My All-Time Favorite Training

Following the 2012 Obama campaign, I knew I needed a change. After working in Field, organizing volunteers, for four cycles, it was time for something new. My former boss, Sara El-Amine (former National Training Director and current Executive Director for OFA), suggested trying out Data by attending the New Organizing Institute’s Data Bootcamp. That suggestion would change my life.

The New Organizing Institute (NOI) was a non-profit progressive training organization that grew out of the need for new media trainings in the progressive movement. It quickly became known for its highly successful New Media BootCamp, a week-long experiential training that gave participants a crash course in running a new media program.

In 2010, NOI decided to expand its scope by offering the first Data BootCamp, following the same model. The main purpose of this BootCamp was to train organizers with basic data skills to be Voter File Managers for midterm DSCC elections. Following the 2010 elections, many graduates of this BootCamp went on to hold leadership positions in the 2012 reelection campaign, as well as at most other progressive organizations (unions, party committees, etc). Most of these early BootCamp graduates saw NOI as the genesis of their success within the data community, and they chose to continue to return to NOI for future BootCamps, setting the norm for future BootCampers to stay engaged and involved in NOI trainings.

When I attended BootCamp in 2013, it was clear why there was such a strong devotion to this training. Not only was it a thoughtful, intentional training, but there was an intense sense of community in the room. I quickly bonded with my BootCamp team, plus I had the opportunity to learn from some of the smartest people in the field. I was hooked.

When I had the opportunity to grow NOI’s data training program and run Data BootCamp myself by becoming the Data Training Manager, I lept at the opportunity. In building on the history of this training, I followed the following goals:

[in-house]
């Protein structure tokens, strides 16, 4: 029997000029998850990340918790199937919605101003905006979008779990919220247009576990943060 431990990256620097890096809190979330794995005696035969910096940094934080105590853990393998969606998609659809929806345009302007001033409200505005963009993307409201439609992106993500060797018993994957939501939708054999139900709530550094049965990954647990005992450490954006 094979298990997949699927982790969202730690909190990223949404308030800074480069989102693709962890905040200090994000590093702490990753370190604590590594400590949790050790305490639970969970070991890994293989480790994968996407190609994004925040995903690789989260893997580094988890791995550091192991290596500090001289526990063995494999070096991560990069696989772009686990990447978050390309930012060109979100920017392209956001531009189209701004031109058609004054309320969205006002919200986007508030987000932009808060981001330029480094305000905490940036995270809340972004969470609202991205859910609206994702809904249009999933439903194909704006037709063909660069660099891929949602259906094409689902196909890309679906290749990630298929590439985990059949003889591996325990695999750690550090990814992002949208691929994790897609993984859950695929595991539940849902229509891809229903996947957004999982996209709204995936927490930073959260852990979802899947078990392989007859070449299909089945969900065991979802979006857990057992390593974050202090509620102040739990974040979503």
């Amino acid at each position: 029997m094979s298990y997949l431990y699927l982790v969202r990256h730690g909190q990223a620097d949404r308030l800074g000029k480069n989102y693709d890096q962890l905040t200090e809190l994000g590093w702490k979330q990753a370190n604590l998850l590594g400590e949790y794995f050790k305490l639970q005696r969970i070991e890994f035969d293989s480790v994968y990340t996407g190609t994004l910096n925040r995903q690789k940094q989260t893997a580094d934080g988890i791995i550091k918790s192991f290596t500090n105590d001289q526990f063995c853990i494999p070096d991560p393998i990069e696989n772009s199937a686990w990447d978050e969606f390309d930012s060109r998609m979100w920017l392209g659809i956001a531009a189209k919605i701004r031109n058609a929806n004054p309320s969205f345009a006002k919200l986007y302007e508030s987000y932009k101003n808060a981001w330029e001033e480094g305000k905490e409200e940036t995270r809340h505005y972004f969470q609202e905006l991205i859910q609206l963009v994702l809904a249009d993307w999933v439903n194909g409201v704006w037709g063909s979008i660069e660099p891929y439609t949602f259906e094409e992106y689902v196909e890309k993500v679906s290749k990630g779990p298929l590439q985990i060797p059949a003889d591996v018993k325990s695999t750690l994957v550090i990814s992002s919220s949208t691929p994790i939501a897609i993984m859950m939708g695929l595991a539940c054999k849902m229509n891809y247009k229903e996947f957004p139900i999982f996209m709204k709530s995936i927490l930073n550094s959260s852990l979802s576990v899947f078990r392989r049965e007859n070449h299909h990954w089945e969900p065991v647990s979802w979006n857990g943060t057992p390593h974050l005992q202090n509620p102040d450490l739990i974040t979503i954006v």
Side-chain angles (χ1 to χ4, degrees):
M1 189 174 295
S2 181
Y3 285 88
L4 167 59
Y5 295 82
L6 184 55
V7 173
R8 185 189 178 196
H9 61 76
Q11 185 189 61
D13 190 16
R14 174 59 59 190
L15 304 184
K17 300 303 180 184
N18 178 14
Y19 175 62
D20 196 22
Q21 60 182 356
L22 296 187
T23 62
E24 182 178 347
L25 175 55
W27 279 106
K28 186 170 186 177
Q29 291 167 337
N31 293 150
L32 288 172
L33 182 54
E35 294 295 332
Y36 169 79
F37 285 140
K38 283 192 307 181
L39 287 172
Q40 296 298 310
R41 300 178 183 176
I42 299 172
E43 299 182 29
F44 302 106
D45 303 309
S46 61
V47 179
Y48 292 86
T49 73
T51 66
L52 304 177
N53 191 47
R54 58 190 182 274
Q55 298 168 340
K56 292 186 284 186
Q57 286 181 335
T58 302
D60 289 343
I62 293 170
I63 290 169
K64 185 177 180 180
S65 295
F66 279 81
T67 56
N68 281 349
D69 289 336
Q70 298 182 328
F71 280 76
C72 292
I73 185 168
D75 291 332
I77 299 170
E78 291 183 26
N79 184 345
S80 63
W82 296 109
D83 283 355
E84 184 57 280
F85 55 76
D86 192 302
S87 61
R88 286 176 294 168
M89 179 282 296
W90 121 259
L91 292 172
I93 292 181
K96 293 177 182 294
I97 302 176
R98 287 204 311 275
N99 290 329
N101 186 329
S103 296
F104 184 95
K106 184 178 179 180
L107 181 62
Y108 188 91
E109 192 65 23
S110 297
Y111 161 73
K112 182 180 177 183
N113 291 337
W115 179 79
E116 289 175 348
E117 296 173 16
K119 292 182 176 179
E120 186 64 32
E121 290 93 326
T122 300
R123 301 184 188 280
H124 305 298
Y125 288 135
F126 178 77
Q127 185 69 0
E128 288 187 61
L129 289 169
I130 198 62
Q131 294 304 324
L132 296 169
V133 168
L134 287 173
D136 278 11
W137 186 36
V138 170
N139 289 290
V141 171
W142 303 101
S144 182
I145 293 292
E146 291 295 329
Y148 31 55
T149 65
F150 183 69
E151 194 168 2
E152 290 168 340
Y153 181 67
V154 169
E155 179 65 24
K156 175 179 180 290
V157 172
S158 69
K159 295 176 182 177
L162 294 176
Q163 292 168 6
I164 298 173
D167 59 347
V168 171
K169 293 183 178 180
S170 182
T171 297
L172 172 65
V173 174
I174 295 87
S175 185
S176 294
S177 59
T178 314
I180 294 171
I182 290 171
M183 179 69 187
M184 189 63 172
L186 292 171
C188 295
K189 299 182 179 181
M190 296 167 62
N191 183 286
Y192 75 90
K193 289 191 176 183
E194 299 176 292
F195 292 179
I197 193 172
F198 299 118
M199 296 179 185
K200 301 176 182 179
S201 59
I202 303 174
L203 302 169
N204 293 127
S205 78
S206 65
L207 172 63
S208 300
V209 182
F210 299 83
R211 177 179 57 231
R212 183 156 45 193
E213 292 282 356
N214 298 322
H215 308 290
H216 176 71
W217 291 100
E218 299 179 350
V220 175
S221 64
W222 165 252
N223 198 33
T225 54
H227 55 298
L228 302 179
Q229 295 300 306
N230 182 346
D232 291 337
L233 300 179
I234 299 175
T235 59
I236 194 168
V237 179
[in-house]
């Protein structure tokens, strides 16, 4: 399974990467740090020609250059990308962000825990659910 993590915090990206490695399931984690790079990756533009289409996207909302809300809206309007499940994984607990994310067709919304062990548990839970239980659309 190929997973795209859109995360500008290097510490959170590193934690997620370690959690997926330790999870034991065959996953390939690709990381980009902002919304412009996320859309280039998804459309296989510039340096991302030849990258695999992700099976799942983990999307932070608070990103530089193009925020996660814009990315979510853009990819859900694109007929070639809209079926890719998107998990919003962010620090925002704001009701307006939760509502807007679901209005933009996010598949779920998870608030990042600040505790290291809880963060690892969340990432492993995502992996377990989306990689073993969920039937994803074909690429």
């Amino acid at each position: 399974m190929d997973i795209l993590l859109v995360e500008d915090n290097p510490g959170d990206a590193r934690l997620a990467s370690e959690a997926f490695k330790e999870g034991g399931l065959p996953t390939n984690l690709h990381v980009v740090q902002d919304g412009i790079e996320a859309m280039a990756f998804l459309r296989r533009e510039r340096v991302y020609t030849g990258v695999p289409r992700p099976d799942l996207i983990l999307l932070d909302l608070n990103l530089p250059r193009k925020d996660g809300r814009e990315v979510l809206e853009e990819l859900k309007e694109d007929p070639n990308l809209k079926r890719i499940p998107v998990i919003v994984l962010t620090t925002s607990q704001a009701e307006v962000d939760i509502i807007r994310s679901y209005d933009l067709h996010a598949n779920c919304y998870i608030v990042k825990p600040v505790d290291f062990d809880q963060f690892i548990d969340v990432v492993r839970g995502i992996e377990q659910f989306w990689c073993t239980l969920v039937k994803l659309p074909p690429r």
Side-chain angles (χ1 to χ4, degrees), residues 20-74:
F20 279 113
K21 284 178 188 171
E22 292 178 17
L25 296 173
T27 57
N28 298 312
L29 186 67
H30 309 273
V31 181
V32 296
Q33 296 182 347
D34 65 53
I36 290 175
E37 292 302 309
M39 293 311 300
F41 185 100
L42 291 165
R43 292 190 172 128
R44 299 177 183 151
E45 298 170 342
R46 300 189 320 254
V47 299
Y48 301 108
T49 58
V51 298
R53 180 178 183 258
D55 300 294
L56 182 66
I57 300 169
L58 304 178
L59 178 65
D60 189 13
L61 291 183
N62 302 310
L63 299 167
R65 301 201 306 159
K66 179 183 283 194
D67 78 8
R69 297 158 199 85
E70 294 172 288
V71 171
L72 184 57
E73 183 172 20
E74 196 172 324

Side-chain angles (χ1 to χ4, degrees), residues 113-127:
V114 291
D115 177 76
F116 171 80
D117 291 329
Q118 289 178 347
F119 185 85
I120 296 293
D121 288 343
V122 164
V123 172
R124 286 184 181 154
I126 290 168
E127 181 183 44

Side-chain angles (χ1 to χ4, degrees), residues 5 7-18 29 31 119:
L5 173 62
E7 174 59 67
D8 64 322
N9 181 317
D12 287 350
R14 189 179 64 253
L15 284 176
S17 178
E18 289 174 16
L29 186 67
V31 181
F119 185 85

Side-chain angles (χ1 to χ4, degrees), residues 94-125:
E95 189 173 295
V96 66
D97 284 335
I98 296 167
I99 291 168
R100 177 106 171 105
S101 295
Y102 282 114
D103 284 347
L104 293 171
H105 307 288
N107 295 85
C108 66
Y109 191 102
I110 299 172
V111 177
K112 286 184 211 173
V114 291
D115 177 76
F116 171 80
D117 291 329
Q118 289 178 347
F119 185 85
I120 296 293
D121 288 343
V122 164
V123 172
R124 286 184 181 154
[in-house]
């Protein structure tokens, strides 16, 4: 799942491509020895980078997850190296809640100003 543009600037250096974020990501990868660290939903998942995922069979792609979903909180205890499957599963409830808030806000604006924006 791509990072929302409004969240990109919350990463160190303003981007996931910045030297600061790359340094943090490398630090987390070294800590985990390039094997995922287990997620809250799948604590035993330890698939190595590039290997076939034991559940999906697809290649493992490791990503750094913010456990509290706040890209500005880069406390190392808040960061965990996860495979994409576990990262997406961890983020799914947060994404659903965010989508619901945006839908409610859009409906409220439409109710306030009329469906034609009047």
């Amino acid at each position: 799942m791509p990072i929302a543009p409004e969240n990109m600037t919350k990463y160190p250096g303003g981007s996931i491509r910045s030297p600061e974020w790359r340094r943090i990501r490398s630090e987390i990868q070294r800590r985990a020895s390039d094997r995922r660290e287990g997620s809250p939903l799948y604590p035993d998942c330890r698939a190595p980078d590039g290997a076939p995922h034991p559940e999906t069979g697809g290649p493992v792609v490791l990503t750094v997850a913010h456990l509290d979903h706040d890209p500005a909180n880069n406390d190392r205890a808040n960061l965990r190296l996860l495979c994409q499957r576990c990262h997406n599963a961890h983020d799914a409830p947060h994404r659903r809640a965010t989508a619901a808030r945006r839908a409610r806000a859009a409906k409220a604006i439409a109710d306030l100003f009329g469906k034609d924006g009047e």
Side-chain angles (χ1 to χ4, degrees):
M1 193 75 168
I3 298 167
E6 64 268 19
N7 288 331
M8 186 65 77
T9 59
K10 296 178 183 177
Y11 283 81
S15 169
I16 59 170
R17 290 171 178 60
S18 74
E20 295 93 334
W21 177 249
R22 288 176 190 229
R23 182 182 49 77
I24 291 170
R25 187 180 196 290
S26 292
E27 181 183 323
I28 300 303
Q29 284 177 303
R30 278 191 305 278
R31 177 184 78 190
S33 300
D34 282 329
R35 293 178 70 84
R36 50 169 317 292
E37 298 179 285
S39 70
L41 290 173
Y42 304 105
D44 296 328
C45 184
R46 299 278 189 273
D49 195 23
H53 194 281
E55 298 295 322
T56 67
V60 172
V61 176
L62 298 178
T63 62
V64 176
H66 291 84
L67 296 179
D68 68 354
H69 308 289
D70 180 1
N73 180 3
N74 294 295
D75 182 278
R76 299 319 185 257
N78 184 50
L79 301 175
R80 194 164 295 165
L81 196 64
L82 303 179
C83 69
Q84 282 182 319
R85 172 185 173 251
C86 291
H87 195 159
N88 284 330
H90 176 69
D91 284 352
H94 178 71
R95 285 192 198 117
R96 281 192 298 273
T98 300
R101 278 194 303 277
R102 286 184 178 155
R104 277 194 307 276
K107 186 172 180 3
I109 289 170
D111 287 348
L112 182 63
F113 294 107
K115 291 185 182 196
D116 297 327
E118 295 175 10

Tell a story. When building the curriculum for Data BootCamp, I worked with past campaign Data Directors and had them talk through their own campaign experiences. We then built a curriculum narrative around the story of a campaign, complete with regularly updating fake data and everything! By helping participants envision themselves using the tools they were learning in tasks they would need to complete in their day-to-day lives, we were able to better convey the material in a digestible way.

Increase diversity. As a woman in a heavily male-dominated space, I know first-hand how powerful it can be to see someone who looks like me stand in front of the room and be named an expert. I wanted to promote this as much as possible in my own BootCamp. I specifically targeted underrepresented communities (focusing on women and people of color) to join BootCamp as trainers, coaches and participants. As a result, 57% of trainers and coaches, as well as 71% of participants were from these targeted populations.

The more the merrier (and the better the experience). Data BootCamp covers a LOT of material in just 6 days. It can be incredibly overwhelming to attempt to learn Excel, GIS and SQL all at once. That’s why I aimed as much as possible to have a 1:1 ratio of trainers and coaches to participants during the more difficult sessions. Not only did folks get the dedicated attention they needed, but they also could meet even more members of the data community.

Seasoned is not always better. It’s very tempting to tap the folks who are always involved. You know they will say yes, you know they have the correct expectations, and you can trust that someone has vouched for them in the past. However, growing the community is also important, which is why I aimed to grow the overall trainer pool. I held countless 1-to-1 meetings and tapped into new organizations in order to find 25 new badass data trainers.

The ABC’s: Always Be Consuming (beer and pizza). Lastly, bribes work. In the lead-up to BootCamp, I had multiple working sessions where I bought folks beer and pizza in exchange for them working on their PowerPoint slide decks or other training materials. However, on a more intentional note, I also made sure I went to data community happy hours and built relationships with folks, which helped when something or someone inevitably fell through at the last minute, and I needed to call in favors to get the job done.


The New Organizing Institute is sadly gone now, but Wellstone Action has taken on Data BootCamp. I’ve been working with the Data BootCamp team, leading on curriculum and trainer recruitment. This time next week, we’ll be in Baltimore, getting ready for the next awesome group of data practitioners. Once again, the data community has stepped up to put this training together, and I’m excited to see what we pull off!


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